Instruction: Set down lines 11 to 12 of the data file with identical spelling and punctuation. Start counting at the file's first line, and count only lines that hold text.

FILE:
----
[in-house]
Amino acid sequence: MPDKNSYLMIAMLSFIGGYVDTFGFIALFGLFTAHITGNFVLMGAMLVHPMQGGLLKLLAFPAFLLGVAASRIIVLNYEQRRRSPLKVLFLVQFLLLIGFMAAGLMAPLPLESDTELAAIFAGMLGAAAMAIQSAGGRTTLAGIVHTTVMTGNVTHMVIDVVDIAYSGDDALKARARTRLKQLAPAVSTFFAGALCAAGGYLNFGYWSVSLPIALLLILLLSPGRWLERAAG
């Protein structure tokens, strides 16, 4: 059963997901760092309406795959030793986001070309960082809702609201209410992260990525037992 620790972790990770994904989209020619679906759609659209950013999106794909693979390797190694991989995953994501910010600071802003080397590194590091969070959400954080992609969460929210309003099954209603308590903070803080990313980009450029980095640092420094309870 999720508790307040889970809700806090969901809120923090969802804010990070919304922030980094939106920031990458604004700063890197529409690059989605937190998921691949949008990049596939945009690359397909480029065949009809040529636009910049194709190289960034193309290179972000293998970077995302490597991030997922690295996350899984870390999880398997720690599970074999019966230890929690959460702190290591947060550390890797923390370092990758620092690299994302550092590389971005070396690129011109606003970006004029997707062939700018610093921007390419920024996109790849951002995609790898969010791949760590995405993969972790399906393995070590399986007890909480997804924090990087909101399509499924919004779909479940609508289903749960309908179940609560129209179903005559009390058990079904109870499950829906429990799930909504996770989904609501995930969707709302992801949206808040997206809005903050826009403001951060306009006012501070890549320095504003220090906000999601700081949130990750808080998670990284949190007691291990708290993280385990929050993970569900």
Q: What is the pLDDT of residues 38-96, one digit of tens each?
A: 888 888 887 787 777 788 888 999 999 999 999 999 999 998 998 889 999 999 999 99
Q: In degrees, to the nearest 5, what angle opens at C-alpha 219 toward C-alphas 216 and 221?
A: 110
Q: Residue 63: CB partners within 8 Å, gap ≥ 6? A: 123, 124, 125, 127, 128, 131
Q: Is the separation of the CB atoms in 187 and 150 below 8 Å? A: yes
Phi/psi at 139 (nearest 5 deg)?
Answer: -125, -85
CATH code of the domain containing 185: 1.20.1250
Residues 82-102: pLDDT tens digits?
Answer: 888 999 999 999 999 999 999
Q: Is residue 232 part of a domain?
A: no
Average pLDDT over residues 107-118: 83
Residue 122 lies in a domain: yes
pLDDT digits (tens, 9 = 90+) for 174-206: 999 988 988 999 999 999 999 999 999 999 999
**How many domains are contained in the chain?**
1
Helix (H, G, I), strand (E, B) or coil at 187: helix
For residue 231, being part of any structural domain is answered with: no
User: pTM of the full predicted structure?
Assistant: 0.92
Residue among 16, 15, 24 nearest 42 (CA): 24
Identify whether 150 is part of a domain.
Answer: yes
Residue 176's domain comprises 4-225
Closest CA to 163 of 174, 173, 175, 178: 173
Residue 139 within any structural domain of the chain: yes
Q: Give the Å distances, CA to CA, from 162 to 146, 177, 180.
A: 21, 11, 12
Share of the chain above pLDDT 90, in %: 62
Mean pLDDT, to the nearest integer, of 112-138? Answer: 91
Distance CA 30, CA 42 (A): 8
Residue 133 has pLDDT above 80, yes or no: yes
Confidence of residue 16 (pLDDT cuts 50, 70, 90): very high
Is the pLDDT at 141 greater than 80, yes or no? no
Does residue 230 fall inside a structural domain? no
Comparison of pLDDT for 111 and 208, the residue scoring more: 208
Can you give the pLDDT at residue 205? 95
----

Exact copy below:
Answer: -125, -85
CATH code of the domain containing 185: 1.20.1250